France

6N Preview: Wales vs France

Fri, 16 Mar 2012 00:00
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This is a great opportunity for Wales - a chance to add the Grand Slam to their Triple Crown but France are not going to be easy meat.

For one thing France have made changes that make them look stronger than the team that watched England beat them. They have started with their strongest front row, not gone their perverse way of recent times in starting with the runners and then bring on the scrummers. Now they are starting with William Servat and David Attoub. Secondly they are not starting with ponderous Julien Dupuy at scrumhalf. They look stronger. But they will still have to tackle - and tackling against Wales will be more demanding than tackling against England.

If Ben Morgan and Tom Croft could waltz through the French, what will George North and Alex Cuthbert do, proved to be, with Tommy Bowe, the hardest wings to contain in the Six Nations? Will erratic, slender Clément Poitrenaud, slight Wesley Fofana and slight Alexis Palisson contain North and Cuthbert especially with robust Jonathan Davies, Jamie Roberts and Leigh Halfpenny buzzing about the place? The French centres look stronger than perhaps they are and less penetrative than their counterparts, even Aurélien Rougerie who has had a mediocre Six Nations.

France are going to have to tackle or run the risk of a heavy defeat. One wonders if they can do as well as Italy did last week in containing the wizards of Wales.

Perhaps France's best hope is to bash Wales up front, but that Welsh lot, perhaps no longer miners, are strong men and will not be easily bashed. Further more that have captain Sam Warburton back and he can plunder the tackle as no Frenchman can. Dan Lydiate can speed about to great effect, leaving Thierry Dusautoir to fight a lone battle at the tackle while Julien Bonnaire and Imanol Harinordoquy have their heads in the air. But when the air is at line-outs and kickoffs the French look set fair to dominate.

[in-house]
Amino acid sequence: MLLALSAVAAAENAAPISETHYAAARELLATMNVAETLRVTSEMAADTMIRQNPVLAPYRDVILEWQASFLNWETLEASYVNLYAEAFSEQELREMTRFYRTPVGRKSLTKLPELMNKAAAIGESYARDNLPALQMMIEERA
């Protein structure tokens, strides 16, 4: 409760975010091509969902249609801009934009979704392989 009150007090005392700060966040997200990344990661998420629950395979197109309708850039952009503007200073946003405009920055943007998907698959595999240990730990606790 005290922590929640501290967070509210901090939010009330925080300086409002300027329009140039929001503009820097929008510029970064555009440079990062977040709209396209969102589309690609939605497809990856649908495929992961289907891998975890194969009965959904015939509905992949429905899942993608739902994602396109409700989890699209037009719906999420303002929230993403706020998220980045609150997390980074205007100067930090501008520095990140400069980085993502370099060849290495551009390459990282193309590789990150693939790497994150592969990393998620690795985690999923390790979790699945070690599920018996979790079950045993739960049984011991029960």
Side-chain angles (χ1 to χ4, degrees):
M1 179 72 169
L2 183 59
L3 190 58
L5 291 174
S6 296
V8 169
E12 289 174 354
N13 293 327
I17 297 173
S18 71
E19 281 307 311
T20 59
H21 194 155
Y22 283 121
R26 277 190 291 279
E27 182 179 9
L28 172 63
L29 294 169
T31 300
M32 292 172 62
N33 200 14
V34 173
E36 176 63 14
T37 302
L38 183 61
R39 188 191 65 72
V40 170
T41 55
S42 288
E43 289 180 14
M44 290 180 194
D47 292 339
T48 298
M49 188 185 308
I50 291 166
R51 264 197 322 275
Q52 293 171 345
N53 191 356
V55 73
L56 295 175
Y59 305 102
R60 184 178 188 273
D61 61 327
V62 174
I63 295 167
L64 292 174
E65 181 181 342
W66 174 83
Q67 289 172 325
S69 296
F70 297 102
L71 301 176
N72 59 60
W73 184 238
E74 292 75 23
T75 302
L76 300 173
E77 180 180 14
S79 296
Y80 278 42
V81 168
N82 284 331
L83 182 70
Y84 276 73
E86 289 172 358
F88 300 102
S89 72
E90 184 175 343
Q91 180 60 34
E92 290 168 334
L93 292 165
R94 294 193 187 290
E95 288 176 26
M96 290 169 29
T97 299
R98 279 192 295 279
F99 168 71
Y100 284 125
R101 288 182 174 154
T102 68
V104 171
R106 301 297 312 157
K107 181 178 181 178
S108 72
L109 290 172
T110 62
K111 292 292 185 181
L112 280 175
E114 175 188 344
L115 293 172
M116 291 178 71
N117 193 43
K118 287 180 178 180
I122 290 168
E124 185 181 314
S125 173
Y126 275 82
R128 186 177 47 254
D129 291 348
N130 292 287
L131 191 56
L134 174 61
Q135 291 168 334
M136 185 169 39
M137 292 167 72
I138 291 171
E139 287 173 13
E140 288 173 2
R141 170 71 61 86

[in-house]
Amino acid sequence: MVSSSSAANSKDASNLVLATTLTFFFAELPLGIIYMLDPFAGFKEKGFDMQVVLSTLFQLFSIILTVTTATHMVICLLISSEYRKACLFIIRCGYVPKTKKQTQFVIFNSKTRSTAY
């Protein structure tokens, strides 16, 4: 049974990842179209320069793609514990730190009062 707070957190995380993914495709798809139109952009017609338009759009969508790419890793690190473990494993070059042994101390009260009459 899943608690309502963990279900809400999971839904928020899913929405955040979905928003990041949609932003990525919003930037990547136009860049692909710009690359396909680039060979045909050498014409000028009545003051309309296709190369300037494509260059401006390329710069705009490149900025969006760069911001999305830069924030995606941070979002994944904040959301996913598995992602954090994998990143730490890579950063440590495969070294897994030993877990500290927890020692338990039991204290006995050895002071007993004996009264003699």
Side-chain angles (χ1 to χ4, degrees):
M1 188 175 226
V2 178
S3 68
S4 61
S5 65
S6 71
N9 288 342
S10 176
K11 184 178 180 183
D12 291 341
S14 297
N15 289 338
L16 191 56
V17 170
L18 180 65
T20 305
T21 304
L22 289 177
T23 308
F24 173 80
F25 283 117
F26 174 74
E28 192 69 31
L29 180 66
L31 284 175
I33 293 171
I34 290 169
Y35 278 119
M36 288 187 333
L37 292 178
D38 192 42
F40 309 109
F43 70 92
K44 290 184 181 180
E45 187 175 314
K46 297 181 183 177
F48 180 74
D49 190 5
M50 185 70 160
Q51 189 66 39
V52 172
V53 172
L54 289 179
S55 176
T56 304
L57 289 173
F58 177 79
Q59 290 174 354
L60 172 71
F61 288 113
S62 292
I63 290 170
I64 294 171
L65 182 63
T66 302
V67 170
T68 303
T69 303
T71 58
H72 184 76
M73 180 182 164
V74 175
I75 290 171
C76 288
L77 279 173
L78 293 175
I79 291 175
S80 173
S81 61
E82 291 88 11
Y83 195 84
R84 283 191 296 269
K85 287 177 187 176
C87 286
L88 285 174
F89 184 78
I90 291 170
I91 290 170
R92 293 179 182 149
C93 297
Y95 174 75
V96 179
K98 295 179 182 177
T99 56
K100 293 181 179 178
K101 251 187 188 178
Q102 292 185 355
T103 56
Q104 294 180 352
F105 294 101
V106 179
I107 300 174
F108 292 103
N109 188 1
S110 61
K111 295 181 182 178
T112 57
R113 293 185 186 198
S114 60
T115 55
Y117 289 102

Wales have the advantage of a settled side while Philippe Saint-André is still chopping and changing, still, it seems, experimenting as the competition closes.

It is, without doubt, an intriguing match and no wonder the whole of Wales is abuzz with excitement and the stocks of Brains SA are piling up.

Players to Watch:

For Wales:

Every Welshman from 11 to 15 - George North, Jamie Roberts, Jonathan Davies, Alex Cuthbert and Leigh Halfpenny. They are all game-breakers, all capable of bucking the bash-bash beliefs of modern rugby.

In the Welsh pack there is the wonderful Toby Faletau who is one of the great revelations of recent times. He has such a wonderful ability to get in the right place and do the right thing with surprising strength and speed. And then you will see square, hirsute Adam Jones.

For France:

On France's side there is Wesley Fofana - so fast with a great attacking vision. He is the hope that France will be able to escape the shackles of muscle and find a place for the mercurial likes of Christophe Dominici.